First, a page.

"Oh no, I shouldn't have to follow the law," is the clinic operators' perspective, Sullenger said.

The Center had been licensed as an ambulatory surgical care facility since 2000, when it obtained the license under an order from the state, but later let it lapse. Croy told the Plain Dealer that Dr. Martin Ruddock, who runs the business, believes it is a private medical practice and it should not be regulated by the state.

"The fact of the matter is, the way the statute is written, if you hold yourself out as an ambulatory facility, you are an ambulatory facility," Crow said.

Nearly a dozen other abortion businesses in Ohio, California, Alabama and Florida also have been closed recently over similar issues, such as workers without medical licenses performing medical procedures, the misuse of drugs and others.

Operation Rescue President Troy Newman said the implementation of standards for medical facilities is effective at stopping the abortion industry.

"Standards are useful tools that are putting abortionist clinics out of business in droves," Newman said. "As a result, our land is not only a safer place for women, but also for the child in the womb."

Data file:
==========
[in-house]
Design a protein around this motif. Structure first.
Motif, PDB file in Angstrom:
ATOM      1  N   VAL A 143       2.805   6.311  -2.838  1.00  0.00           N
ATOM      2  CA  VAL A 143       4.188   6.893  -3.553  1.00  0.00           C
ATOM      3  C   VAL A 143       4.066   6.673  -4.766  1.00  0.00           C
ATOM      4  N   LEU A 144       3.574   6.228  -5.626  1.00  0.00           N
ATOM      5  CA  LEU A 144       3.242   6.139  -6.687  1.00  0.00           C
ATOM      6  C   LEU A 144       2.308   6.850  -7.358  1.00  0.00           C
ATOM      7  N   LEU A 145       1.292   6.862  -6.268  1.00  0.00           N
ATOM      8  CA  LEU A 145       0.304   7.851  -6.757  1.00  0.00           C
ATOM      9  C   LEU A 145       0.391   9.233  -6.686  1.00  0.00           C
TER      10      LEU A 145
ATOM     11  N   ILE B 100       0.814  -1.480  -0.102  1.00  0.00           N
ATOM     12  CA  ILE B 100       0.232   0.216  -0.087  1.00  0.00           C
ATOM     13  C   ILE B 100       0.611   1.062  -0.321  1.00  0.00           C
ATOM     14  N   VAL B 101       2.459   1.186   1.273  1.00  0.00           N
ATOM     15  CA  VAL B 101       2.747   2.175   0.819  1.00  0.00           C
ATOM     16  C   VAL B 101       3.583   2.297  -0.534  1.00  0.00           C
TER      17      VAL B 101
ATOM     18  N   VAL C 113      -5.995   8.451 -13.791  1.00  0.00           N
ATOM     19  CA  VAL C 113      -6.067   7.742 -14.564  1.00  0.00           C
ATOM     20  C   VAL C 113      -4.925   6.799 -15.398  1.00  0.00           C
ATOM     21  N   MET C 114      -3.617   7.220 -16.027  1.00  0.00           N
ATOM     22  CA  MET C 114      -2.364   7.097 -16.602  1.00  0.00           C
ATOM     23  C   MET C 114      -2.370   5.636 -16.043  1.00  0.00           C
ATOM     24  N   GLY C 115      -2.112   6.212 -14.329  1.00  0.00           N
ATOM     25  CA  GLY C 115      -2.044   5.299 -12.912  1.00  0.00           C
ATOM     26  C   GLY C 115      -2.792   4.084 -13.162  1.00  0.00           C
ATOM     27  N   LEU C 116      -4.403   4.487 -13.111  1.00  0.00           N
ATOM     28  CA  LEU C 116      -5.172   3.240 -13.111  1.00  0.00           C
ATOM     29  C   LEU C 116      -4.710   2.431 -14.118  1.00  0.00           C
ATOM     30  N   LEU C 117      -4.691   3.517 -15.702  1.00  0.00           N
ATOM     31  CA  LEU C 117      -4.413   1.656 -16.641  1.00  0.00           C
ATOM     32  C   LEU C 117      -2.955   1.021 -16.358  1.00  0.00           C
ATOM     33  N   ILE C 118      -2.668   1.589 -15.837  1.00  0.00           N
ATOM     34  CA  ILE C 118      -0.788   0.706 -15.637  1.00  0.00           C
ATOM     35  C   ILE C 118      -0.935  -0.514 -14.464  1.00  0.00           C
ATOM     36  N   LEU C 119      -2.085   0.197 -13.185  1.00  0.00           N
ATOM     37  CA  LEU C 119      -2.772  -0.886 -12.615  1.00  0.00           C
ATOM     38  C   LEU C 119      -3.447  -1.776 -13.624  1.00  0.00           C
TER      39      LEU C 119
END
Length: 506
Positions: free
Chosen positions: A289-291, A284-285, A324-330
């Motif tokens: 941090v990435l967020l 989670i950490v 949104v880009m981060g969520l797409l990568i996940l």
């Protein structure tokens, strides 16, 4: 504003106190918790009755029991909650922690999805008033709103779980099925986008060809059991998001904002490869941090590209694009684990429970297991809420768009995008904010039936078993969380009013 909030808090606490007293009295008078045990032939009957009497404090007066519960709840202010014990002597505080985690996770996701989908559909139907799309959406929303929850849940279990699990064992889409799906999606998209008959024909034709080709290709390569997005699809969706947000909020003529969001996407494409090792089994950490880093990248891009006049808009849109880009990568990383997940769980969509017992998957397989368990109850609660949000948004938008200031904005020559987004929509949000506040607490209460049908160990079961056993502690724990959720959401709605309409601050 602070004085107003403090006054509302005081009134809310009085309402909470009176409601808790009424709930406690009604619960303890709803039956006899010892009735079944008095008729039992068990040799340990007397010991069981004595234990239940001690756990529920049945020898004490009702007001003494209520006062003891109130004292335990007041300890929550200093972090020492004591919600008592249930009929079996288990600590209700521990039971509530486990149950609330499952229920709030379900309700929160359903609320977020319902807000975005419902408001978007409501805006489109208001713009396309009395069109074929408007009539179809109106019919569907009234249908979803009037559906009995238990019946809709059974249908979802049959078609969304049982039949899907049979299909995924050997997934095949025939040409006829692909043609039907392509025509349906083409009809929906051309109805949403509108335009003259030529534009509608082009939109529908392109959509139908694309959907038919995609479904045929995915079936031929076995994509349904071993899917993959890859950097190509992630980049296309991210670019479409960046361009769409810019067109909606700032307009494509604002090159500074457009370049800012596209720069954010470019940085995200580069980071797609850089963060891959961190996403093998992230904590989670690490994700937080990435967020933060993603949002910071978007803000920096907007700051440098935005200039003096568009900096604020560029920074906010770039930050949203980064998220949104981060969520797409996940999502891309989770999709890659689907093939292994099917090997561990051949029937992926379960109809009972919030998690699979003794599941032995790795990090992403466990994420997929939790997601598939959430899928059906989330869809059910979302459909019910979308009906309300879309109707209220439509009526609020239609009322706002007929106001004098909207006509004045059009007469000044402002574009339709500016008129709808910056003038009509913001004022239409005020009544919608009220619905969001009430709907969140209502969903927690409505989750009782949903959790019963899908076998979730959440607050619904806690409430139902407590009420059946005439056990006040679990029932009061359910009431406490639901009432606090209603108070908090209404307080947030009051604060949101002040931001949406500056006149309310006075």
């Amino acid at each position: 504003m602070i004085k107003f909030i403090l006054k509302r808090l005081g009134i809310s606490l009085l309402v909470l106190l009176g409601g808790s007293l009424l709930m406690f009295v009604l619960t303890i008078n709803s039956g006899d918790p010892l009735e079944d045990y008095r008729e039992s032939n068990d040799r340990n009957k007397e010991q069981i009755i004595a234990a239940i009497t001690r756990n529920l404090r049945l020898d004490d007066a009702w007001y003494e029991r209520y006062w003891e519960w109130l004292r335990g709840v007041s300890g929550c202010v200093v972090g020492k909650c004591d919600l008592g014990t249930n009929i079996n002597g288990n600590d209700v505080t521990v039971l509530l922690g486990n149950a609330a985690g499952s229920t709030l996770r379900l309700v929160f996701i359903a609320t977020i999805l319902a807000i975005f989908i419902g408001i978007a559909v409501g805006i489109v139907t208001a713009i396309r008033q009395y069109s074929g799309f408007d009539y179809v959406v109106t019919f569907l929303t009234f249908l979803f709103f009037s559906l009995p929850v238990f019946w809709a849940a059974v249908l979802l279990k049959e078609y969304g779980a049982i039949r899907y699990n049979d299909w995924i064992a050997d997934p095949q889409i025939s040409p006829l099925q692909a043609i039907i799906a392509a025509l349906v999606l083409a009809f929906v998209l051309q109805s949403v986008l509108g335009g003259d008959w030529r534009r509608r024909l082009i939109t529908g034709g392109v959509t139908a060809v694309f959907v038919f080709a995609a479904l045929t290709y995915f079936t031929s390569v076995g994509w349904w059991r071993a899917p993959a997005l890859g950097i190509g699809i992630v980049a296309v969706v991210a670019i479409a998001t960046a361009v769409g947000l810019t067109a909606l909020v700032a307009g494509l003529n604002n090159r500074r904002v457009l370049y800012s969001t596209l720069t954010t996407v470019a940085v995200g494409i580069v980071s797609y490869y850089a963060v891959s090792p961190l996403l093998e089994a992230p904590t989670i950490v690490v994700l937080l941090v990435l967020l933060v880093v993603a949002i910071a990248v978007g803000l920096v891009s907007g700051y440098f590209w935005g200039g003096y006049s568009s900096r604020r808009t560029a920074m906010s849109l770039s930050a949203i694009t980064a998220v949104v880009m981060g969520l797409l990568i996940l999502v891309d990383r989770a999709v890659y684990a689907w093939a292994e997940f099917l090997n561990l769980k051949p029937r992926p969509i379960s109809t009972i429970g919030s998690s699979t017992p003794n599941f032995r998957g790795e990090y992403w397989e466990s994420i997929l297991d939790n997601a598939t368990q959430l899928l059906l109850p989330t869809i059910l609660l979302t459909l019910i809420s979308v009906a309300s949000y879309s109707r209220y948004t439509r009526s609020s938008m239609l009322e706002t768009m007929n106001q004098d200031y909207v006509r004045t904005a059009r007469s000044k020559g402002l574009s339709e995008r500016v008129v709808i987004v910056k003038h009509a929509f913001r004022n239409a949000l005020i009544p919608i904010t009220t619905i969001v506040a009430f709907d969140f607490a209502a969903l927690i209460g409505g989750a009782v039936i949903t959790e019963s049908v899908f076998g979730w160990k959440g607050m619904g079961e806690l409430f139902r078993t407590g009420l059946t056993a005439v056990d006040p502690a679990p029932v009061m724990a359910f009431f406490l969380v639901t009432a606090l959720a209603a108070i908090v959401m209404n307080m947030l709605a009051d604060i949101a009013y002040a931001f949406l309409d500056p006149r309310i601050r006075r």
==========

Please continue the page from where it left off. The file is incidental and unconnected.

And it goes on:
The closure will leave a gap in facilities that perform the late-term abortions, what pro-life activists describe as "partial-birth abortions," in which a baby is almost delivered, then killed before delivery is complete.

In a report by Carrie Gordon Earll, the senior policy analyst for bioethics at Focus on the Family, Ruddock had confirmed that many of the late-term abortions he performed were on unborn children and mothers who were healthy.

Operation Rescue officials say of the dozen clinics shut down, several have reopened following compliance with rules.

A clinic in Omaha, Neb., where the land was purchased from underneath the business and the owners couldn't find another facility to rent was shut down.

The clinic that formerly operated in the building that now houses the Operation Rescue headquarters in Wichita, Kan., was shut down.

A facility in Birmingham, Ala., was closed because of a suspended license.

One business in Montgomery, Ala., was closed when authorities found the abortionist didn't have hospital privileges.

A business in Hialeah, Fla., where an investigation continues into allegations a baby was born alive, then killed and placed on the roof of the building to avoid detection by police, was shut down.

Five clinics owned by a Florida abortionist when his license was suspended all were closed, although several of those reopened later.

And another case involved a business in Daytona Beach, Fla., where the abortionist said he didn't want to meet the required rules.

Wednesday, September 13, 2006

1st Amendment victory goes to Christians

Hat tip to Marti

Parade rule had restricted assembly, free speech in city

Posted: September 13, 2006
1:00 a.m. Eastern

© 2006

The city of Florence, S.C., has given up its battle to keep a city parade rule that imposed unconstitutional limits on a group called Columbia Christians for Life.